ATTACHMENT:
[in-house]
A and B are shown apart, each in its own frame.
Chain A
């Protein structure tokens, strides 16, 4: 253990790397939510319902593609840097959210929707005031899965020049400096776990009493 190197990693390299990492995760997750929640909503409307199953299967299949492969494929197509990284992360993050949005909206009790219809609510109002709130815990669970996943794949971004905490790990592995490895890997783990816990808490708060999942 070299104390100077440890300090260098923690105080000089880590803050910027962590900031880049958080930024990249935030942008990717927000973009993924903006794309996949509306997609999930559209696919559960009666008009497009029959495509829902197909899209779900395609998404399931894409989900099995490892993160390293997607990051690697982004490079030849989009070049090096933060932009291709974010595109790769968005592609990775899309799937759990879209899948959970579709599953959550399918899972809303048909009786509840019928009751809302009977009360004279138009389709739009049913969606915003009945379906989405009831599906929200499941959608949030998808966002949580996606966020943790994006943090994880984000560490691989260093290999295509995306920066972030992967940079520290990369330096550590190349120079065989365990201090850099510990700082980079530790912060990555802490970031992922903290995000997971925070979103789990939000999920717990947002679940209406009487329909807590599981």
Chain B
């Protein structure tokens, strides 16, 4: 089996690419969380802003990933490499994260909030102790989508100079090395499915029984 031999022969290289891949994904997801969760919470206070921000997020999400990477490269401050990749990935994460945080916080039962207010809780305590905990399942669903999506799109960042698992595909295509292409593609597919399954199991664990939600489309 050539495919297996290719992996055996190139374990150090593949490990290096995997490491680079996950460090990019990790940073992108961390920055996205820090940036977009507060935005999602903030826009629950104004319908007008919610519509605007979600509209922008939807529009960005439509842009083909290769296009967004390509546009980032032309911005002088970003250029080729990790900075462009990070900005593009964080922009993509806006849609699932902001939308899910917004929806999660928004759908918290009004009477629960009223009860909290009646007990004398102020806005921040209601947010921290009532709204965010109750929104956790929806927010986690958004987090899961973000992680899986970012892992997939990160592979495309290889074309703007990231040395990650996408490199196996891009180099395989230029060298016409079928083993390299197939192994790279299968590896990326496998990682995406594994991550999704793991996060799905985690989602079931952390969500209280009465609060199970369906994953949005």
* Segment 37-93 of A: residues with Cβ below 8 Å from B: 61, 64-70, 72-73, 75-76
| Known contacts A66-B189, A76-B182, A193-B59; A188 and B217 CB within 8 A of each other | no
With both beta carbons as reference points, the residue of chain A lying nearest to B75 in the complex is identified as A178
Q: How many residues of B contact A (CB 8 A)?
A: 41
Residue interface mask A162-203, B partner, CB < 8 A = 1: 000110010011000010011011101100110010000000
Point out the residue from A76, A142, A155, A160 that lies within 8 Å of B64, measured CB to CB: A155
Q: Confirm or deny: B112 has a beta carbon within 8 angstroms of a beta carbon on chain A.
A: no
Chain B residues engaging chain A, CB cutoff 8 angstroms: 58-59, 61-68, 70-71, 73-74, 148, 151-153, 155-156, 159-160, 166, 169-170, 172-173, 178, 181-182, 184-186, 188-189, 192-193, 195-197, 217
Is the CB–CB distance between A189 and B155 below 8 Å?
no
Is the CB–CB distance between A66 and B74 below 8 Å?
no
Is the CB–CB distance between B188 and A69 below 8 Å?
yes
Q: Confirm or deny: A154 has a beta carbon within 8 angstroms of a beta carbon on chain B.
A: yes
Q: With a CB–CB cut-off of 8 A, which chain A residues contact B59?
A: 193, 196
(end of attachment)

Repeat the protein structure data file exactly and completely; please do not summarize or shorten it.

[in-house]
A and B are shown apart, each in its own frame.
Chain A
């Protein structure tokens, strides 16, 4: 253990790397939510319902593609840097959210929707005031899965020049400096776990009493 190197990693390299990492995760997750929640909503409307199953299967299949492969494929197509990284992360993050949005909206009790219809609510109002709130815990669970996943794949971004905490790990592995490895890997783990816990808490708060999942 070299104390100077440890300090260098923690105080000089880590803050910027962590900031880049958080930024990249935030942008990717927000973009993924903006794309996949509306997609999930559209696919559960009666008009497009029959495509829902197909899209779900395609998404399931894409989900099995490892993160390293997607990051690697982004490079030849989009070049090096933060932009291709974010595109790769968005592609990775899309799937759990879209899948959970579709599953959550399918899972809303048909009786509840019928009751809302009977009360004279138009389709739009049913969606915003009945379906989405009831599906929200499941959608949030998808966002949580996606966020943790994006943090994880984000560490691989260093290999295509995306920066972030992967940079520290990369330096550590190349120079065989365990201090850099510990700082980079530790912060990555802490970031992922903290995000997971925070979103789990939000999920717990947002679940209406009487329909807590599981």
Chain B
């Protein structure tokens, strides 16, 4: 089996690419969380802003990933490499994260909030102790989508100079090395499915029984 031999022969290289891949994904997801969760919470206070921000997020999400990477490269401050990749990935994460945080916080039962207010809780305590905990399942669903999506799109960042698992595909295509292409593609597919399954199991664990939600489309 050539495919297996290719992996055996190139374990150090593949490990290096995997490491680079996950460090990019990790940073992108961390920055996205820090940036977009507060935005999602903030826009629950104004319908007008919610519509605007979600509209922008939807529009960005439509842009083909290769296009967004390509546009980032032309911005002088970003250029080729990790900075462009990070900005593009964080922009993509806006849609699932902001939308899910917004929806999660928004759908918290009004009477629960009223009860909290009646007990004398102020806005921040209601947010921290009532709204965010109750929104956790929806927010986690958004987090899961973000992680899986970012892992997939990160592979495309290889074309703007990231040395990650996408490199196996891009180099395989230029060298016409079928083993390299197939192994790279299968590896990326496998990682995406594994991550999704793991996060799905985690989602079931952390969500209280009465609060199970369906994953949005």
* Segment 37-93 of A: residues with Cβ below 8 Å from B: 61, 64-70, 72-73, 75-76
| Known contacts A66-B189, A76-B182, A193-B59; A188 and B217 CB within 8 A of each other | no
With both beta carbons as reference points, the residue of chain A lying nearest to B75 in the complex is identified as A178
Q: How many residues of B contact A (CB 8 A)?
A: 41
Residue interface mask A162-203, B partner, CB < 8 A = 1: 000110010011000010011011101100110010000000
Point out the residue from A76, A142, A155, A160 that lies within 8 Å of B64, measured CB to CB: A155
Q: Confirm or deny: B112 has a beta carbon within 8 angstroms of a beta carbon on chain A.
A: no
Chain B residues engaging chain A, CB cutoff 8 angstroms: 58-59, 61-68, 70-71, 73-74, 148, 151-153, 155-156, 159-160, 166, 169-170, 172-173, 178, 181-182, 184-186, 188-189, 192-193, 195-197, 217
Is the CB–CB distance between A189 and B155 below 8 Å?
no
Is the CB–CB distance between A66 and B74 below 8 Å?
no
Is the CB–CB distance between B188 and A69 below 8 Å?
yes
Q: Confirm or deny: A154 has a beta carbon within 8 angstroms of a beta carbon on chain B.
A: yes
Q: With a CB–CB cut-off of 8 A, which chain A residues contact B59?
A: 193, 196